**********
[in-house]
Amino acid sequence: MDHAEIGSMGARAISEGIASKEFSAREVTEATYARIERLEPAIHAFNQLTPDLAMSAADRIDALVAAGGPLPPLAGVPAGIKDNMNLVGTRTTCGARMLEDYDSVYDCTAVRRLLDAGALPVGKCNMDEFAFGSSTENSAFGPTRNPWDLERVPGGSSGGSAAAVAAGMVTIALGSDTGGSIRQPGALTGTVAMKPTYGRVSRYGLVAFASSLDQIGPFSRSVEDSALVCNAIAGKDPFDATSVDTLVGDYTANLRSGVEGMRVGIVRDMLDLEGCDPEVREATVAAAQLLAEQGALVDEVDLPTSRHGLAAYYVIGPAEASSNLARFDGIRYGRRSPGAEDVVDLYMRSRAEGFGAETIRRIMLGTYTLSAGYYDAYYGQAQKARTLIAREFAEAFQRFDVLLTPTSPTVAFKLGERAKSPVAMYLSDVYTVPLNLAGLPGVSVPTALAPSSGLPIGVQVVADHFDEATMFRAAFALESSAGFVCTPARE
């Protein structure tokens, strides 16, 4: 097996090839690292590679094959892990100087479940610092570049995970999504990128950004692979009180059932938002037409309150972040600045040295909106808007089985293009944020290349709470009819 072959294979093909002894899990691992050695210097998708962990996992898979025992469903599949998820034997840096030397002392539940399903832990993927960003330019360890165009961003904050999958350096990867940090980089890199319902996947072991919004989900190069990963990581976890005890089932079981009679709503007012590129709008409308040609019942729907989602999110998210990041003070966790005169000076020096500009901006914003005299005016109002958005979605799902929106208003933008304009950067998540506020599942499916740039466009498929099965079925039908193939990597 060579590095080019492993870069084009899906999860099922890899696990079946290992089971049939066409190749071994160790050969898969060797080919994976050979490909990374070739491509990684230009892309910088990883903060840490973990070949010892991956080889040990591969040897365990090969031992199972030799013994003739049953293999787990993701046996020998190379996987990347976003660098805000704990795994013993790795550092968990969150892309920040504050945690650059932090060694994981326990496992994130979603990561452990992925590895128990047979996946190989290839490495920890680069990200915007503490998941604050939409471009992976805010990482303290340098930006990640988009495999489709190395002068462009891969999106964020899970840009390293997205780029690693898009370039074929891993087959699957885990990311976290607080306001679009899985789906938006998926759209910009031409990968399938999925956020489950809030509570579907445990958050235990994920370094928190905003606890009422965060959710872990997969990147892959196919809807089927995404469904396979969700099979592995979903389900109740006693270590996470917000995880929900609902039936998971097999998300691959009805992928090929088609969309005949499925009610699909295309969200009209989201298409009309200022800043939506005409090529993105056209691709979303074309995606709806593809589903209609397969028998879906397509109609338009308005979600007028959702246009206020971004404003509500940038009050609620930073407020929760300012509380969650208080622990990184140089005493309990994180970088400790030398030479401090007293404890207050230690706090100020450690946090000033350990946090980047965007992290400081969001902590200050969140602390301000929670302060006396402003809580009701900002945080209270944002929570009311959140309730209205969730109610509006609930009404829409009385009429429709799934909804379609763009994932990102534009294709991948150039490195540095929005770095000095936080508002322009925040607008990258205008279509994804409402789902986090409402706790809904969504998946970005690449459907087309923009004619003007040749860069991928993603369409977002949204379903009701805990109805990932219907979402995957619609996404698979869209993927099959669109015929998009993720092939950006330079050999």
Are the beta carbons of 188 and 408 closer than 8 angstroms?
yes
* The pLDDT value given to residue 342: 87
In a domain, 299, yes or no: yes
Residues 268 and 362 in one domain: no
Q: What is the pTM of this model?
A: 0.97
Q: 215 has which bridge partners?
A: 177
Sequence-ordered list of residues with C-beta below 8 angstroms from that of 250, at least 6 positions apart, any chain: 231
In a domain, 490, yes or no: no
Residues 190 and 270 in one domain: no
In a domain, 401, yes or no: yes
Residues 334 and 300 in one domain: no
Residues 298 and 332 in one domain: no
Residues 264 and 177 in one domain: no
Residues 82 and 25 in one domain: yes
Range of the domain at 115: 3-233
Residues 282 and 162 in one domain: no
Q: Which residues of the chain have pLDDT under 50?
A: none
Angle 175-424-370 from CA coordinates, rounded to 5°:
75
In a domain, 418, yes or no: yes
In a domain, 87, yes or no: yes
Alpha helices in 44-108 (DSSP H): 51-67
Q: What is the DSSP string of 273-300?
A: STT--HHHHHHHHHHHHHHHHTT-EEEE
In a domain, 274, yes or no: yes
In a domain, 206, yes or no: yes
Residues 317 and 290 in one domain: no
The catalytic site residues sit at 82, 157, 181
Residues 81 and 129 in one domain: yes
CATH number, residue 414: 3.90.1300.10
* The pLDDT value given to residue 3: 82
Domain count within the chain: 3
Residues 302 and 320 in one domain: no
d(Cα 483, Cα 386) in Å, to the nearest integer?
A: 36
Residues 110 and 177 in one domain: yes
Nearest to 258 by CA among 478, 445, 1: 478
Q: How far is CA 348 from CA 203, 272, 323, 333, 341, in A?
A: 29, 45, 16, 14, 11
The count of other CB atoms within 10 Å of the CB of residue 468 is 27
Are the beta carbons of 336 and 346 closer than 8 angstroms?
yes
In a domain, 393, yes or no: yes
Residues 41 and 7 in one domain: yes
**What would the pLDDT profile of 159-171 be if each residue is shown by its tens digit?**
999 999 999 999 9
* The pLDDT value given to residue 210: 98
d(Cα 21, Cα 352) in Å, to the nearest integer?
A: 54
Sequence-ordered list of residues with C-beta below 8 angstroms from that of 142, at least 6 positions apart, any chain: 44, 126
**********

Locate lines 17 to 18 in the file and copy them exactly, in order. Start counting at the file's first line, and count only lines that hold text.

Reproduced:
Residues 334 and 300 in one domain: no
Residues 298 and 332 in one domain: no